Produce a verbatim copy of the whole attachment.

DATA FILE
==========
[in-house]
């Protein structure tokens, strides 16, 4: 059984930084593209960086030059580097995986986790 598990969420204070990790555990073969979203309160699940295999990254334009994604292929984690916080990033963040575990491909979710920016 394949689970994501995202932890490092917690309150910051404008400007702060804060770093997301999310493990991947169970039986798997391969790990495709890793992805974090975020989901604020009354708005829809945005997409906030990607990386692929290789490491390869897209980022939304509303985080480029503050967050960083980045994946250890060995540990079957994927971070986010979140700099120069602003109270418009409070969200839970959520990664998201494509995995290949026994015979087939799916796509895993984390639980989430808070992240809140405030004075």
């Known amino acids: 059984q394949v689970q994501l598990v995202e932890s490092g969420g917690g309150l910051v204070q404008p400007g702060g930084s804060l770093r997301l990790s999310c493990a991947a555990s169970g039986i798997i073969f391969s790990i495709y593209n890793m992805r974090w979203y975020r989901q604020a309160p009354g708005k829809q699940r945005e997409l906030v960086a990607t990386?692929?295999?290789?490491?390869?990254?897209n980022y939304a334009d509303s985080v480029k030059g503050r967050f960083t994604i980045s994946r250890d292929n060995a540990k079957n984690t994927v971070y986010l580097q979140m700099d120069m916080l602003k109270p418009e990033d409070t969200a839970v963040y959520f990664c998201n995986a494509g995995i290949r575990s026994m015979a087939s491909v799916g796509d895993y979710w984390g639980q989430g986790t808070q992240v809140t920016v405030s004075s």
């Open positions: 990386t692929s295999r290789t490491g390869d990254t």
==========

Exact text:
[in-house]
């Protein structure tokens, strides 16, 4: 059984930084593209960086030059580097995986986790 598990969420204070990790555990073969979203309160699940295999990254334009994604292929984690916080990033963040575990491909979710920016 394949689970994501995202932890490092917690309150910051404008400007702060804060770093997301999310493990991947169970039986798997391969790990495709890793992805974090975020989901604020009354708005829809945005997409906030990607990386692929290789490491390869897209980022939304509303985080480029503050967050960083980045994946250890060995540990079957994927971070986010979140700099120069602003109270418009409070969200839970959520990664998201494509995995290949026994015979087939799916796509895993984390639980989430808070992240809140405030004075």
């Known amino acids: 059984q394949v689970q994501l598990v995202e932890s490092g969420g917690g309150l910051v204070q404008p400007g702060g930084s804060l770093r997301l990790s999310c493990a991947a555990s169970g039986i798997i073969f391969s790990i495709y593209n890793m992805r974090w979203y975020r989901q604020a309160p009354g708005k829809q699940r945005e997409l906030v960086a990607t990386?692929?295999?290789?490491?390869?990254?897209n980022y939304a334009d509303s985080v480029k030059g503050r967050f960083t994604i980045s994946r250890d292929n060995a540990k079957n984690t994927v971070y986010l580097q979140m700099d120069m916080l602003k109270p418009e990033d409070t969200a839970v963040y959520f990664c998201n995986a494509g995995i290949r575990s026994m015979a087939s491909v799916g796509d895993y979710w984390g639980q989430g986790t808070q992240v809140t920016v405030s004075s």
């Open positions: 990386t692929s295999r290789t490491g390869d990254t």